Michael Drummond

Professor of Health Economics at University of York Centre for Health Economics

Author of: What are the HTA processes in the UK?

Mike is Professor of Health Economics and was Director of the Centre from December 1995 to September 2005. His particular field of interest is in the economic evaluation of health care treatments and programmes. He has undertaken evaluations in a wide range of medical fields including care of the elderly, neonatal intensive care, immunisation programmes, services for people with AIDS, eye health care and pharmaceuticals.

He is the author of two major textbooks and more than 600 scientific papers, has acted as a consultant to the World Health Organization and was Project Leader of a European Union Project on the Methodology of Economic Appraisal of Health Technology. He has also served on the Boards of Directors of the International Society of Technology Assessment in Health Care and the International Society for Pharmacoeconomics and Outcomes Research. He has been President of the International Society for Pharmacoeconomics and Outcomes Research. He is currently Co-Editor-in-Chief of Value in Health.

Professor Drummond has been awarded two honorary degrees, from City University, London (2008) and Erasmus University, Rotterdam (2012).  In 2010 he was made a member of the Institute of Medicine of the National Academies in the USA, being one of only 27 members from the UK.   Mike Drummond is the recipient of The John Eisenberg Award, in recognition of exemplary leadership in the practical application of medical decision-making research, by the Society for Medical Decision Making at its annual conference in Phoenix AZ, USA, October 2012.

His recent projects relate to the conduct of economic evaluations and their use in health care decision making. These include:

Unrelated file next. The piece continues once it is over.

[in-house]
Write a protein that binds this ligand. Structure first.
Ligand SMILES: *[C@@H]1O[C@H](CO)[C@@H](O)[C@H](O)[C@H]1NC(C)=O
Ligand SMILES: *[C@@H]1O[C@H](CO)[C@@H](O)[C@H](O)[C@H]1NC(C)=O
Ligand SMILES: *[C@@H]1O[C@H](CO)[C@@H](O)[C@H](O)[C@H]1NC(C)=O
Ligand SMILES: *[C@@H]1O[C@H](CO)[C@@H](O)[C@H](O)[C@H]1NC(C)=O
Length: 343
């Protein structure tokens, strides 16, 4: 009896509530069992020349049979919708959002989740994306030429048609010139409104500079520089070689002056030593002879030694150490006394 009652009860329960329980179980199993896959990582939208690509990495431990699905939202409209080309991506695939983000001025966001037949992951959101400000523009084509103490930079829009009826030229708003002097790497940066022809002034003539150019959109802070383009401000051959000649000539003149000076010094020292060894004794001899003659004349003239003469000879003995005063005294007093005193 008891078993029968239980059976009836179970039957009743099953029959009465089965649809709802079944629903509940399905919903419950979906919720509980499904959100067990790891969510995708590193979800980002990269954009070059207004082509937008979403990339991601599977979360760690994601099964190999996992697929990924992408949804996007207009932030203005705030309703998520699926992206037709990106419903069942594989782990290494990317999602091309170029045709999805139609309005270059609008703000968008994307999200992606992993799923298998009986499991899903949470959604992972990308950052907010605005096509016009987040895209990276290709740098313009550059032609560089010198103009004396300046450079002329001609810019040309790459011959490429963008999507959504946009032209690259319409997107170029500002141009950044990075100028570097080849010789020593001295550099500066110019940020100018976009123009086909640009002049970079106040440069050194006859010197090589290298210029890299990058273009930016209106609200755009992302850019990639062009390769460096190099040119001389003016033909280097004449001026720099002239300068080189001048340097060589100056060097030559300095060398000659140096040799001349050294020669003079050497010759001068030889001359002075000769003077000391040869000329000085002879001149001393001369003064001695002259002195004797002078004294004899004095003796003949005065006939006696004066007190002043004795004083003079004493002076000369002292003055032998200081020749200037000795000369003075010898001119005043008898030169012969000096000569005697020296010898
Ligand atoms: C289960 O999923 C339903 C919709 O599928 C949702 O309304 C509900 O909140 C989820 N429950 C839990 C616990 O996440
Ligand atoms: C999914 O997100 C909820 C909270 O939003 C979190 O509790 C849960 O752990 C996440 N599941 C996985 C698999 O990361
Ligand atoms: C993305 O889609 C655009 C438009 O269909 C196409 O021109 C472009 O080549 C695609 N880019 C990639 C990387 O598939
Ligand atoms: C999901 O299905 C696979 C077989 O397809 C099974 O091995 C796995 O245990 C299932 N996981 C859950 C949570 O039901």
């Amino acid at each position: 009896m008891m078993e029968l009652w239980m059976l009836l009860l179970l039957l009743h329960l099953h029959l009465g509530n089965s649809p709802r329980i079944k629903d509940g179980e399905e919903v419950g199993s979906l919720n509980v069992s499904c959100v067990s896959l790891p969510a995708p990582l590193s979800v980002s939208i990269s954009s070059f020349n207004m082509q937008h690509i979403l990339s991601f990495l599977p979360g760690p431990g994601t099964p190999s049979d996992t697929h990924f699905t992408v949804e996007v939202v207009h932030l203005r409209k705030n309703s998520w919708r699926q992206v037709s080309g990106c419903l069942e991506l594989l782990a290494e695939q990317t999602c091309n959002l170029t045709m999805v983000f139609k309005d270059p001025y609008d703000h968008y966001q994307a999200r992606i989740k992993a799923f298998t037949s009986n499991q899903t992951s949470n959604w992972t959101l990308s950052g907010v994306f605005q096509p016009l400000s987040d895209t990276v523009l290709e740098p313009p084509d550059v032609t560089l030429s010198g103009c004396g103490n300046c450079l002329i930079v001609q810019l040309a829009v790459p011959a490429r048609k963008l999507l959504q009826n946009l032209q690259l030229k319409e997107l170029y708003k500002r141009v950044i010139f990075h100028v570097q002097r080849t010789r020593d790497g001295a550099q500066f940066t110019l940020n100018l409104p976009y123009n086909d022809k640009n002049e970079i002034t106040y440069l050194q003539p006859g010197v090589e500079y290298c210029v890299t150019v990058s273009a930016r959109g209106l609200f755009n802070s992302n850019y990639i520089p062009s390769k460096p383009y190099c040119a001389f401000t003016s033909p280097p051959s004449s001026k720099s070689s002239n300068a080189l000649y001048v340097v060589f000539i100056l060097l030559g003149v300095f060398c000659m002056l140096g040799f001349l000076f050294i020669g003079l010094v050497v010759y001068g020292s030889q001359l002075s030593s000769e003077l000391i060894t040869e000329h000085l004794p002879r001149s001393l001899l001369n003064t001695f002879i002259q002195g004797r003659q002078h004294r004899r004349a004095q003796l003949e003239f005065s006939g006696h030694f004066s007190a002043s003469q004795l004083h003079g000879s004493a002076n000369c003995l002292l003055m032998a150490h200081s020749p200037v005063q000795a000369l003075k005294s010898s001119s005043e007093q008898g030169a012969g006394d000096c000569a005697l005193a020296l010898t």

• NHS Economic Evaluation Database (funded by NHS R&D)
  • Assessment of the socio-economic value of medical devices (funded by the European Health Technology Institute)

Summary: What are the HTA processes in the UK? 

  • Health technology assessment (HTA) has a long history in the UK. In recent years HTA has become synonymous with the activities of the National Institute for Health and Care Excellence (NICE) in England, although important entities also exist in Scotland – the Scottish Medicines Consortium (SMC) – and Wales – the All Wales Medicines Strategy Group (AWMSG).
  • The NICE technology appraisals programme develops guidance on the use of new and existing medicines, treatments and procedures within the NHS.
  • NICE commissions so-called technology assessment groups to prepare assessment reports for consideration by the Technology Appraisal Committee (TAC), which is the primary decision making body in the production of guidance on new health technologies. The TAC includes academics, healthcare professionals, NHS managers and commissioners, and lay members of the public; the appraisal of the specific technology includes representatives of the manufacturer and of the patients affected.
  • Guidelines on the methods of technology appraisal, which have been issued by NICE, embody the concept of the reference case.
  • There are two approaches to technology appraisals: multiple technology appraisals (MTAs) for the evaluation of all the relevant technologies for the same indication and single technology appraisals (STAs) for the evaluation of single technologies for a sole indication.
  • MTAs started as the standard approach, taking 54 weeks from initiation of the process. In an MTA, the independent evidence assessment group reviews the evidence base and develops its own independent effectiveness and cost-effectiveness assessment, as well as critically appraising submissions from manufacturers or sponsors of the technologies.
  • STAs are currently the most common approach, taking 39 weeks from initiation. In an STA, the manufacturer or sponsor of the technology submits evidence on its effectiveness and cost-effectiveness; the independent evidence review group critically appraises the submission.
  • Advantages of NICE’s approach to technology appraisals include its methodological rigour, the encouragement of extensive stakeholder involvement and transparency of the appraisal process.
  • Issues of concern are a lack of independence of NICE from the government, timeliness of the assessments, the use of a cost-effectiveness threshold, the use of the quality-adjusted life-year as a measure of health benefit, and the uneven implementation of NICE guidance across the NHS.
  • The HTA procedures in Scotland and Wales are more timely, but the SMC and AWMSG face many of the other challenges also faced by NICE.